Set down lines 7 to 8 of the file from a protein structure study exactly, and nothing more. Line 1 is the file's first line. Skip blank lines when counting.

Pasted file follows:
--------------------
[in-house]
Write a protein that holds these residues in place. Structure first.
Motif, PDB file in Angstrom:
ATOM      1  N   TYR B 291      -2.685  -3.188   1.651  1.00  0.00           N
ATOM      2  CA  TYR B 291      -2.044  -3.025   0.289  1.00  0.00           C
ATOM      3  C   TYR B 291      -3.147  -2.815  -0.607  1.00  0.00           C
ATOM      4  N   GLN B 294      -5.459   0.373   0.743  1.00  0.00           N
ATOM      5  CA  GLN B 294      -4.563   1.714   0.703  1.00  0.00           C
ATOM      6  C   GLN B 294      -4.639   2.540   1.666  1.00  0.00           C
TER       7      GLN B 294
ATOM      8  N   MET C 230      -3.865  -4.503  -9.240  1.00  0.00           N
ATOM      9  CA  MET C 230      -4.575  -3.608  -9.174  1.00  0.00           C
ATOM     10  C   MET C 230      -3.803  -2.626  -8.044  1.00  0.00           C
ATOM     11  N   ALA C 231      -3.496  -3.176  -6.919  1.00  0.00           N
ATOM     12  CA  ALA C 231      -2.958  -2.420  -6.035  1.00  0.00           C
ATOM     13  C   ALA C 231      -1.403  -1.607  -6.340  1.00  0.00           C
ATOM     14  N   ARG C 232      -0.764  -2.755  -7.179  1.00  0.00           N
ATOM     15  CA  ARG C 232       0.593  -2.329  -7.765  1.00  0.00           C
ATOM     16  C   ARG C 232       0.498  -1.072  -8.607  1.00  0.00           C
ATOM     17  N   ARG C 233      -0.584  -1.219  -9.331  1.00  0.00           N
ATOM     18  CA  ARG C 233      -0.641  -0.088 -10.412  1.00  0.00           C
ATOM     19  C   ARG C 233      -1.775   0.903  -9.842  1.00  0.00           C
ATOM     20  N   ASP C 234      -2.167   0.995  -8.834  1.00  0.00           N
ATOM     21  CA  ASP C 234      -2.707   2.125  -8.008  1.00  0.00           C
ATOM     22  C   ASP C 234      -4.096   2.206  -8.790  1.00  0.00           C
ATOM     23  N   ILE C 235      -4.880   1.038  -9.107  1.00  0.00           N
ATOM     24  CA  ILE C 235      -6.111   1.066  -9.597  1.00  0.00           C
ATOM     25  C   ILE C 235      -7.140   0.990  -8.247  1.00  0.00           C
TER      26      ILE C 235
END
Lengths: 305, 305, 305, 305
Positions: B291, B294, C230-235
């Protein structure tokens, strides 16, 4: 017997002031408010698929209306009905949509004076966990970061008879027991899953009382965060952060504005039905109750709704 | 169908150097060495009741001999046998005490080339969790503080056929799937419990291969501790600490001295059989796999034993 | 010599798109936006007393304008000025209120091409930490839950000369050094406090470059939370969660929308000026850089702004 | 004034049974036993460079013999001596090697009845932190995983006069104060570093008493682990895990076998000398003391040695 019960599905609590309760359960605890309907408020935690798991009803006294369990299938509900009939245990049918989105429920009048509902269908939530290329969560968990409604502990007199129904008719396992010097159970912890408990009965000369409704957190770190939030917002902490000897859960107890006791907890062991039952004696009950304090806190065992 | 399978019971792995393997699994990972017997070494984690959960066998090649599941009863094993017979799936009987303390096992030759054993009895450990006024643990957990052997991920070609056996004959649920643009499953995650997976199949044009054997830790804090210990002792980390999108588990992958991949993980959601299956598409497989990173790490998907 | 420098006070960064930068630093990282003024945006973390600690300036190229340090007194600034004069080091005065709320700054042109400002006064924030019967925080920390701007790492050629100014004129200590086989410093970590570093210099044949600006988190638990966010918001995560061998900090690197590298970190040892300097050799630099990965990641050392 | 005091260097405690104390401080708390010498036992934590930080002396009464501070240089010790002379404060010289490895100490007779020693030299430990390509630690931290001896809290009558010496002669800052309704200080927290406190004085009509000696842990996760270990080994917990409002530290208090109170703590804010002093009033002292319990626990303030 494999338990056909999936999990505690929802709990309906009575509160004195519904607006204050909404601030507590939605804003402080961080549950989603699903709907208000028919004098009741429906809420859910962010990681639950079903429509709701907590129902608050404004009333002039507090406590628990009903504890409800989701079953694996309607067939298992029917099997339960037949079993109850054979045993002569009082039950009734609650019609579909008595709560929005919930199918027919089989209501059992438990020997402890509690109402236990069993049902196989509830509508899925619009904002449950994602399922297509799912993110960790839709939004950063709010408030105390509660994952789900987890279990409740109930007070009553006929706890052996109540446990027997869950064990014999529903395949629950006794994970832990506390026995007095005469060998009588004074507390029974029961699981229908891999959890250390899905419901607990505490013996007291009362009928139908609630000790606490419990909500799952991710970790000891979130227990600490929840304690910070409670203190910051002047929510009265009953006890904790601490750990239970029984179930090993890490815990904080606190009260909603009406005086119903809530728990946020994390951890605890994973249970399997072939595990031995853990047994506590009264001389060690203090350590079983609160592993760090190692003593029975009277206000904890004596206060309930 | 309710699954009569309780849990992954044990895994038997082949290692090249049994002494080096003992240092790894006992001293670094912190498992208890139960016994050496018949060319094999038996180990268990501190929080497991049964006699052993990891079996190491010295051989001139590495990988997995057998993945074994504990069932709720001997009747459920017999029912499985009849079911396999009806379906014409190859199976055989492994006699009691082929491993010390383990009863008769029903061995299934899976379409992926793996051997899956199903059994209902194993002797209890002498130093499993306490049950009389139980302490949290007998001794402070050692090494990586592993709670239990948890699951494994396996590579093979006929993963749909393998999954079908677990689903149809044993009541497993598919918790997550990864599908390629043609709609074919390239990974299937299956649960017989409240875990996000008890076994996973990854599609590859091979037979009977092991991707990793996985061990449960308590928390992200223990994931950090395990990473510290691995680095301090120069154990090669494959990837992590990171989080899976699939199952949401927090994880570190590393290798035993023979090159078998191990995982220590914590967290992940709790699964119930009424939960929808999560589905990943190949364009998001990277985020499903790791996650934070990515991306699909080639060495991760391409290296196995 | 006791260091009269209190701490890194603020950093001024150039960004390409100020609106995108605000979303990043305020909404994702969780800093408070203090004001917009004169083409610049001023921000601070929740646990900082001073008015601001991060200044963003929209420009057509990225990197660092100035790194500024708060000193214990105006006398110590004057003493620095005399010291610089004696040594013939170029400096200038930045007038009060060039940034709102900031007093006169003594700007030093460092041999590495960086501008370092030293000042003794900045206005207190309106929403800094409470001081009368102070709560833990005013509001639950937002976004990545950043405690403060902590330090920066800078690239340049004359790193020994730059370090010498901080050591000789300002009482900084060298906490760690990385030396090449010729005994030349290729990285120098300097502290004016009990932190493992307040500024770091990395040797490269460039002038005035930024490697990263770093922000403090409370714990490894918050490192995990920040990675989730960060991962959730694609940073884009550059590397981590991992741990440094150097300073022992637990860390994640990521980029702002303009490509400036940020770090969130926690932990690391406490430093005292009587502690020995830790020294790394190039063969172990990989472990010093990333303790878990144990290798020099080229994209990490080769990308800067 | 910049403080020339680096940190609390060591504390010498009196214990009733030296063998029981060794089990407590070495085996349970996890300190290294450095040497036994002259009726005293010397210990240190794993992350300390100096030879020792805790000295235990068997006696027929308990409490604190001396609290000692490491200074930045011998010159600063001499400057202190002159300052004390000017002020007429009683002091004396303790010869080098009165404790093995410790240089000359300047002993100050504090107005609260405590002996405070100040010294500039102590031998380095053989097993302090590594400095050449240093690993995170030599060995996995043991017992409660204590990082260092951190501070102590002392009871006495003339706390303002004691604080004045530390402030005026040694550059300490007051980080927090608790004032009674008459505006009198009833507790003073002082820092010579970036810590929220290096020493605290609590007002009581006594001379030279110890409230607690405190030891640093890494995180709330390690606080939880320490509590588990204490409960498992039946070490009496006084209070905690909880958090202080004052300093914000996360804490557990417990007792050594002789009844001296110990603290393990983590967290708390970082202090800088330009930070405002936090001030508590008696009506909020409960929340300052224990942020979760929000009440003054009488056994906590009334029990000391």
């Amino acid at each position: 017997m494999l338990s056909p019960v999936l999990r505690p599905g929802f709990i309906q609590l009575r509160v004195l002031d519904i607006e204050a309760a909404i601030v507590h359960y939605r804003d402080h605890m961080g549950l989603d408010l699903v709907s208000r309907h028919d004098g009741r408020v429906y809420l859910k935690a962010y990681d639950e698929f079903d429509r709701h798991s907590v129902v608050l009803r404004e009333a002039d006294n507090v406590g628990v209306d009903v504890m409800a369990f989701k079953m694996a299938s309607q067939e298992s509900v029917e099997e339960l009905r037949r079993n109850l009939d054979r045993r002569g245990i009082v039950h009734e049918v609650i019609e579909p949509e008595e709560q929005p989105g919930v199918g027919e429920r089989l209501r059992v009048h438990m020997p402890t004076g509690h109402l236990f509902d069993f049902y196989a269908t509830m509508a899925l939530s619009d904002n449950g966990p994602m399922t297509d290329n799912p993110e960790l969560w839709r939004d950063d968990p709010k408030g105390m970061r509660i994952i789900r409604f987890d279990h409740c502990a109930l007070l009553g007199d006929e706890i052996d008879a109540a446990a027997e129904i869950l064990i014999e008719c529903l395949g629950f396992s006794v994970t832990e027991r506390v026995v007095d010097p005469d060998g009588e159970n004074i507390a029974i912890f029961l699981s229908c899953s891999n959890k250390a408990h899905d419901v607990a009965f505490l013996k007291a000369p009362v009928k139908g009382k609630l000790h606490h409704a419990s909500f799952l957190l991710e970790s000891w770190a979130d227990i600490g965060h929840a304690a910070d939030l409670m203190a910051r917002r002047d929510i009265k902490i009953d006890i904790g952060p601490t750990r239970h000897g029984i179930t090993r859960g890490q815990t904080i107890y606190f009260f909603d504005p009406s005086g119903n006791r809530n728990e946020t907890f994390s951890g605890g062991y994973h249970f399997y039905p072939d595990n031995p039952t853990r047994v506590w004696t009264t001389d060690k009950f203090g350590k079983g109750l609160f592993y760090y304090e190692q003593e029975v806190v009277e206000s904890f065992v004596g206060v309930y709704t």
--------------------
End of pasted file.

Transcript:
ATOM      4  N   GLN B 294      -5.459   0.373   0.743  1.00  0.00           N
ATOM      5  CA  GLN B 294      -4.563   1.714   0.703  1.00  0.00           C